Robert Sanders, UC Berkeley
To help humans capture more of the sun’s energy than natural photosynthesis can, UC Berkeley scientists have taught bacteria to cover themselves in tiny, highly efficient solar panels to produce useful chemical compounds.
Chemistry professor Peidong Yang and Kelsey Sakimoto, a former graduate student (and 2016 UC Grad Slam finalist) now at Harvard University, worked with a naturally occurring, nonphotosynthetic bacterium, Moorella thermoacetica, which, as part of its normal respiration, produces acetic acid from carbon dioxide.
They fed the bacteria chemicals that made them construct their own solar collectors, which were able to capture about 80 percent of sunlight’s energy to make acetic acid. This is about four times more efficient than natural photosynthesis using chlorophyll, which captures sunlight to convert carbon dioxide and water into starch.
Acetic acid is a versatile chemical that can be readily upgraded to a number of fuels, polymers, pharmaceuticals and commodity chemicals through complementary, genetically engineered bacteria.
“Rather than rely on inefficient chlorophyll to harvest sunlight, I’ve taught bacteria how to grow and cover their bodies with tiny semiconductor nanocrystals,” Sakimoto said. “These nanocrystals are much more efficient than chlorophyll and can be grown at a fraction of the cost of manufactured solar panels.”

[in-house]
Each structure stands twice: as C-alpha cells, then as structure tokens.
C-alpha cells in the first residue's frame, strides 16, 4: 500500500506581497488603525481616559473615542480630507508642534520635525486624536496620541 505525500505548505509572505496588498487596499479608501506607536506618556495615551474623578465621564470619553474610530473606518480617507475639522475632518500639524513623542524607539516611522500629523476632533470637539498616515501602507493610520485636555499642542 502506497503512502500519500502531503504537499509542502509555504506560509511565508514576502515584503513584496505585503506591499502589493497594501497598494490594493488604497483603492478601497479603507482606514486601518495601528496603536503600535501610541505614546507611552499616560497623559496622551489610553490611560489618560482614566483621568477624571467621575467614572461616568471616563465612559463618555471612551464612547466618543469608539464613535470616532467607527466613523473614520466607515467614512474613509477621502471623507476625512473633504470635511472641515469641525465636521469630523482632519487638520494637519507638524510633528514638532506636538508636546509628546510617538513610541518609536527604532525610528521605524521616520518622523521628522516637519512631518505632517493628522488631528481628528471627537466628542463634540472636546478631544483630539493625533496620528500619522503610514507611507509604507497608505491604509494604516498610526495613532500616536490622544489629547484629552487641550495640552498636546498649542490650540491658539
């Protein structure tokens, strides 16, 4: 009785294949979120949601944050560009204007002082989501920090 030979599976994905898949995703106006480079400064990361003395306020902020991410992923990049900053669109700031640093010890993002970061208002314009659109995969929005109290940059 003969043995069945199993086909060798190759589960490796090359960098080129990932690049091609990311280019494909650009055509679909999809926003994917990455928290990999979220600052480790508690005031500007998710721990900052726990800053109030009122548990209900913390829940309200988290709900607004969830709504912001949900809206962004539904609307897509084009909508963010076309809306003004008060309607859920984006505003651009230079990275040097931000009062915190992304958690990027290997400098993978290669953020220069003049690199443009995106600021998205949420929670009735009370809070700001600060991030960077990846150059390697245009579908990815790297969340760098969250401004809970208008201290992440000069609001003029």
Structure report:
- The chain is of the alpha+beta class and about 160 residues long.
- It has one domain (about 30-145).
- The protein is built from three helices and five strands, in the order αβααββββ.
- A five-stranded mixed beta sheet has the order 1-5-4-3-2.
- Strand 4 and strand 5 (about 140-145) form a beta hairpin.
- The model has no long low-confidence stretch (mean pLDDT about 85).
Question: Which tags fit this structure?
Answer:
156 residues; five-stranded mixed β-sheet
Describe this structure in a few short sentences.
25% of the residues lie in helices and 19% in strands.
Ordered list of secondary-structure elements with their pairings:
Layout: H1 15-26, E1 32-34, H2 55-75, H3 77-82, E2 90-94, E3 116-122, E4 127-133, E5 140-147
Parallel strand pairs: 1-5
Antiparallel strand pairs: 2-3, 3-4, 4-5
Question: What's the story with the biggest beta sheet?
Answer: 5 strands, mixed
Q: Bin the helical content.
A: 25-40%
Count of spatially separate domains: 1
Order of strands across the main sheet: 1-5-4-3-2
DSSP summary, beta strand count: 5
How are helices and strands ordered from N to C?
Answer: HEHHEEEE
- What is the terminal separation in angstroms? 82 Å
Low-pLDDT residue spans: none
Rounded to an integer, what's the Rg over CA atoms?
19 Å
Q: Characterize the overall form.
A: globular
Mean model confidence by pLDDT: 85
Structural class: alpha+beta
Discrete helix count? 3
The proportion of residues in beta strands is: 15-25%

The process is self-replicating and self-regenerating, making this a zero-waste technology.
“Synthetic biology and the ability to expand the product scope of CO2 reduction will be crucial to poising this technology as a replacement, or one of many replacements, for the petrochemical industry,” he said.
Sakamoto and Yang presented their work this week in Washington, D.C., at the national meeting of the American Chemical Society, the world’s largest scientific society.
“The thrust of research in my lab is to essentially ‘supercharge’ nonphotosynthetic bacteria by providing them energy in the form of electrons from inorganic semiconductors, like cadmium sulfide, that are efficient light absorbers,” Yang said. “We are now looking for more benign light absorbers than cadmium sulfide to provide bacteria with energy from light.”
The work is funded by the U.S. Department of Energy and the National Science Foundation.